Pugs were first bred thousands of years ago in China to be the lap dogs of Chinese royalty. Over centuries, pugs have perfected the art of lap-sitting.
Pugs come in two colors: fawn and black. Pugs are very people-oriented dogs, and will not do well being left at home by themselves for long periods. If you work, it is best to hire a dog walker during the day to give your pug some human interaction and TLC. Many one-pug families have discovered that pugs are like potato chips—you can't have just one! Multiple pugs can keep each other company during the day.
People lucky enough to be owned by a pug must be aware of several key factors in keeping their pug happy and healthy. First and foremost, pugs are indoor dogs. They do poorly in both cold and hot weather, particularly hot weather. Because pugs are a brachycephalic (pushed in face) breed, they may have a severe sensitivity to the heat. All pugs vary, but be aware that some pugs find it difficult to walk in 70 degree heat for even 10 minutes. Therefore, potential pug owners must know that they should keep their pugs inside on hot days. If you are looking for a dog to go on long walks with you, you are probably looking at the wrong breed.
Pugs like, no, LOVE to eat. A pug is blessed with a remarkable sense of smell and hearing, which enables him to hear a refrigerator or a package of cookies being opened from a distance. Do not let him eat everything he wants, no matter how pathetically your pug looks at you with those big sad eyes. Overweight pugs are even more susceptible to heat and can develop serious medical problems. Your vet will help you decide the proper weight for your pug.
Speaking of medical conditions, like any breed, pugs have various conditions or diseases to which they are susceptible. For more information, contact your vet or look through the pug health information at pugvillage.com.
If you're considering getting pet insurance for your pug, check out PetInsuranceQuotes.com to compare quotes. Remember that insurance does not cover pre-existing conditions.
They may be small and they may have short hair, but pugs shed—a lot. A good slicker brush or shedding blade will be your best friend should you decide to adopt a pug. Pugs also snore and snort, so be prepared to have the remote handy to turn up the volume of your TV set if you sit down to watch a show with your pug at night.
Pugs are so friendly that they would give a burglar the key to your safe. A pug will hop in a car with a stranger. If she can't find her own people, a pug will go on a neighborhood hunt to find somebody—anybody—who will pet her and love her in the manner to which she is accustomed. Therefore, it is very important that pug owners have fenced yards and keep a watchful eye on their pugs at all times.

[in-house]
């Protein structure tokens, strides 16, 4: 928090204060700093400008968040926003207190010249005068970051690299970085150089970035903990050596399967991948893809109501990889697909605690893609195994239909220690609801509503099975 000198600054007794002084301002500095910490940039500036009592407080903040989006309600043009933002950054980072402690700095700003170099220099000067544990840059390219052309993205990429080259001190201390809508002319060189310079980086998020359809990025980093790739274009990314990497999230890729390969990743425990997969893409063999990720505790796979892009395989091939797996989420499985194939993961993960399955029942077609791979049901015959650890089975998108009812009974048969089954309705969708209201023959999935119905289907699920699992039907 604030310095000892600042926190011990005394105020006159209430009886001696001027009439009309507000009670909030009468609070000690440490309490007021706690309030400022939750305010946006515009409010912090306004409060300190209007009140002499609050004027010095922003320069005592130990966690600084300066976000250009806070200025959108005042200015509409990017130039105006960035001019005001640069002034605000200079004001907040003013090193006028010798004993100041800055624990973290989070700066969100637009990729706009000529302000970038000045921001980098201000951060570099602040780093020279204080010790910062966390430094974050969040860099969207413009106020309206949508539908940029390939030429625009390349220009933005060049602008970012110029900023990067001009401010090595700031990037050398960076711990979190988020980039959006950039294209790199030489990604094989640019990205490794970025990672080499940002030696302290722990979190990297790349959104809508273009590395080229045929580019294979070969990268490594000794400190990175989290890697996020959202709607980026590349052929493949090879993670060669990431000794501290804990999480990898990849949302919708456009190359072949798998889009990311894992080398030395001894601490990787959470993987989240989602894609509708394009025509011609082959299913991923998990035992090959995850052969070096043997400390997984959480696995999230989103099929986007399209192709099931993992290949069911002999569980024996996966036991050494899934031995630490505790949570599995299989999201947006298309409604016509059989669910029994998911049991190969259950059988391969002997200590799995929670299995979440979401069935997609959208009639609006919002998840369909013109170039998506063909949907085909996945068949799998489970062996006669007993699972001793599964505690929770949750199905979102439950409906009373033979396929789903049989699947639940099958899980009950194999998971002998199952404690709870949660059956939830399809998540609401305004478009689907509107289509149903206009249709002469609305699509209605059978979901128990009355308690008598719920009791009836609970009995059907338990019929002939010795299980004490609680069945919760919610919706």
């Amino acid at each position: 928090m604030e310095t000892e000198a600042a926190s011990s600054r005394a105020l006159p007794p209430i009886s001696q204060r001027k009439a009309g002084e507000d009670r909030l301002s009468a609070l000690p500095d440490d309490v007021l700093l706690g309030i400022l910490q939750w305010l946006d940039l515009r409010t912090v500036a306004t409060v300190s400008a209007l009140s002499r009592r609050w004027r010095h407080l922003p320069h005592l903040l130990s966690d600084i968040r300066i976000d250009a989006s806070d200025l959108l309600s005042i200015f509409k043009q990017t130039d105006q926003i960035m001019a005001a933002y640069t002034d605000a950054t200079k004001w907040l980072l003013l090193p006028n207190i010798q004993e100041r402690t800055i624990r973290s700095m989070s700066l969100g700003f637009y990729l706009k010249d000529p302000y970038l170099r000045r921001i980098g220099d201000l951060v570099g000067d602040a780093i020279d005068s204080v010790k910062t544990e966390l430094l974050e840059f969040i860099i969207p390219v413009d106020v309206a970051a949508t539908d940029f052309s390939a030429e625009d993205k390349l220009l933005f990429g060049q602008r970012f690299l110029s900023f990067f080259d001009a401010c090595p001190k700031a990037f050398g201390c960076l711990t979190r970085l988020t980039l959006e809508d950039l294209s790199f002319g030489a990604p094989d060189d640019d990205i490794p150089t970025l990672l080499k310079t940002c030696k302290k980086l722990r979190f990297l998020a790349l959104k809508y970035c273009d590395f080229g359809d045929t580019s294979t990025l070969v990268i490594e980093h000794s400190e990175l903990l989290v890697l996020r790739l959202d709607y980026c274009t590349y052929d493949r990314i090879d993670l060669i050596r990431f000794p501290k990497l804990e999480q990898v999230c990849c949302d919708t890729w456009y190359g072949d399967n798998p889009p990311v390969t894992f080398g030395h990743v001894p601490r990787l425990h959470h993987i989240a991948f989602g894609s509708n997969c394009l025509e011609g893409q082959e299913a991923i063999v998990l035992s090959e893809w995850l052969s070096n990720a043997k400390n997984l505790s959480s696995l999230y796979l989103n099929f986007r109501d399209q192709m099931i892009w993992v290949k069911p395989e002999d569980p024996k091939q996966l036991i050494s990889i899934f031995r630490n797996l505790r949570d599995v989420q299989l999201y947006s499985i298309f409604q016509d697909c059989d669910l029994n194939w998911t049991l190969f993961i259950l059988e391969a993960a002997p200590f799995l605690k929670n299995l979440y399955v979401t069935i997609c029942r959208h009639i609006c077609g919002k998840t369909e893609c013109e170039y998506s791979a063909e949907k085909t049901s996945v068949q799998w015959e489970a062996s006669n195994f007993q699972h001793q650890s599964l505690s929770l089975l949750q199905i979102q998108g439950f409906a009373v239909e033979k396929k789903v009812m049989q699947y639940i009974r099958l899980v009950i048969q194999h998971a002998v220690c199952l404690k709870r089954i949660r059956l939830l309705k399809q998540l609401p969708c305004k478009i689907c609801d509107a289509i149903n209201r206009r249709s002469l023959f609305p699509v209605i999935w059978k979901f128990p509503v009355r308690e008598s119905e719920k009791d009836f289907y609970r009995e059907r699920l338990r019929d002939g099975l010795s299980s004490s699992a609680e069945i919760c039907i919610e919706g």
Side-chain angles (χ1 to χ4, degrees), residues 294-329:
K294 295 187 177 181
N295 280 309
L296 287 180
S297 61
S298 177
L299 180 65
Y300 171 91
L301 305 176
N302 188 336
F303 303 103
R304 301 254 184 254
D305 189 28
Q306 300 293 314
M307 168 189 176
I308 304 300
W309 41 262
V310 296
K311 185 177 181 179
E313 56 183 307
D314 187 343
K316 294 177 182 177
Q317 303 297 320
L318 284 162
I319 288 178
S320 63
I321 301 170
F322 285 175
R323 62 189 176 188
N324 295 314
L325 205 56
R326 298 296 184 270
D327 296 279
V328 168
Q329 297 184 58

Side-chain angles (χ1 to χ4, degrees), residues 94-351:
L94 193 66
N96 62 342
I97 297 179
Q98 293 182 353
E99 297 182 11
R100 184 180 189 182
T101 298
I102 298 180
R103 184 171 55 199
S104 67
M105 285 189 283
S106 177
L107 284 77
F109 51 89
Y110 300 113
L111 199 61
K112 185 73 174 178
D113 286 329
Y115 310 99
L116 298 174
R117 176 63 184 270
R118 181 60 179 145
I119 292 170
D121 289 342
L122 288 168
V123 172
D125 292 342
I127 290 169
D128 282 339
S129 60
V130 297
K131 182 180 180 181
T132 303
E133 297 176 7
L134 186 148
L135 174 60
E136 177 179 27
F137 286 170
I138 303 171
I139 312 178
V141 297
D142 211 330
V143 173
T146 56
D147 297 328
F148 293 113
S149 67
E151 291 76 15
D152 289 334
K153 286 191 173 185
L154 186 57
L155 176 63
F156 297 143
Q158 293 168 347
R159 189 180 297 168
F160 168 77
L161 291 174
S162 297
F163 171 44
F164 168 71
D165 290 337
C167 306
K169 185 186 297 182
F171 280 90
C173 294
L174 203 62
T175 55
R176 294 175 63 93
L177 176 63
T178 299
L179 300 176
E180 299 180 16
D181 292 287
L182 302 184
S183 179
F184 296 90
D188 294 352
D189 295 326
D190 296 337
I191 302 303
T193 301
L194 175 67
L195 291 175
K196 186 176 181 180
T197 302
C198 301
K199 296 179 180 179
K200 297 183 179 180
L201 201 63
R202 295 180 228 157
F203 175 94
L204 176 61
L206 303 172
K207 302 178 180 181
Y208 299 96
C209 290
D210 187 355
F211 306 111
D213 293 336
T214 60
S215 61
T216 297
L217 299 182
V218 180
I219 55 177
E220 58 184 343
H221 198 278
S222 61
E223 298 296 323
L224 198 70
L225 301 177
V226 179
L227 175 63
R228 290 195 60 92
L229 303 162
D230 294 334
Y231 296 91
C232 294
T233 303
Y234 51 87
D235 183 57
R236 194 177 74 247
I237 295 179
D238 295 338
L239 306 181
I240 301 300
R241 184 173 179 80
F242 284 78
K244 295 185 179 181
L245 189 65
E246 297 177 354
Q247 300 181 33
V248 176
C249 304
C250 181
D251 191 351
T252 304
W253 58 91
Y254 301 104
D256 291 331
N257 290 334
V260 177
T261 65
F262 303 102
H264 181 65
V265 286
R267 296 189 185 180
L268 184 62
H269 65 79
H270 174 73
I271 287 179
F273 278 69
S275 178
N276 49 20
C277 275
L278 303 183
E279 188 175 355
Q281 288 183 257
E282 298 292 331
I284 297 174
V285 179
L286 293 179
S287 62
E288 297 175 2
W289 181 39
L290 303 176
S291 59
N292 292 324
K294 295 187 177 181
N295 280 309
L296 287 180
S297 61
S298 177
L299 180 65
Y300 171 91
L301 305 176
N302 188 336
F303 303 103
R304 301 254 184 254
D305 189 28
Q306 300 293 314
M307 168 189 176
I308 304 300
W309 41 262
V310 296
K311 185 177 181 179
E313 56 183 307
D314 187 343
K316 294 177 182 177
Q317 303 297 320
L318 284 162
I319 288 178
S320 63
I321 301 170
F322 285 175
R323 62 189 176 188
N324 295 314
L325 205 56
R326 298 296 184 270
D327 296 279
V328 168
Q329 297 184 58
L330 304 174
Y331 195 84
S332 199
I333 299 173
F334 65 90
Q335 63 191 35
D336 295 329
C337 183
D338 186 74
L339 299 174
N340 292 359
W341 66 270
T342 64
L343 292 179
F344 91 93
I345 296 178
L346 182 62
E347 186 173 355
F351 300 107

Required Basic Routine Care
On a regular schedule, plan routine care throughout his/her life to keep pugs healthy and happy. This includes:
Plan a yearly visit to your veterinarian as part of the pug's health care routine. They will do a physical examination and may do bloodwork. Their teeth will be checked during this exam, so if they need dental care it can be arranged. This will also keep their immunizations up to date.
Their ears need to be cleaned out weekly to prevent ear infections. They need to be brushed and their coat kept clean. Regular bathing will also help with shedding.
Keep their nails trimmed at least once a month to prevent them from growing too long, impeding walking normally and causing pain. This can be done at home or at the groomers, as they can be very uncooperative.
Their face folds need to be kept clean and dry. Cleaning once or twice a week is often enough. Care also must be taken to keep their eyes clean. Many pugs need drops or eye ointment applied daily to prevent their eyes from becoming too dry and developing pigment. Dryness is something the veterinarian will test for.
Multum in Parvo
The pug's motto is multum in parvo, which is Latin for "a lot of dog in a small space." Pugs are delightful and loving little dogs, but they are not for everyone. Please research several dog breeds before deciding which dog is right for you. An excellent book to help you in your decision making is The Right Dog for You by Daniel F. Tortora, PhD or go to the Dog Breed Selector on the Animal Planet web site.
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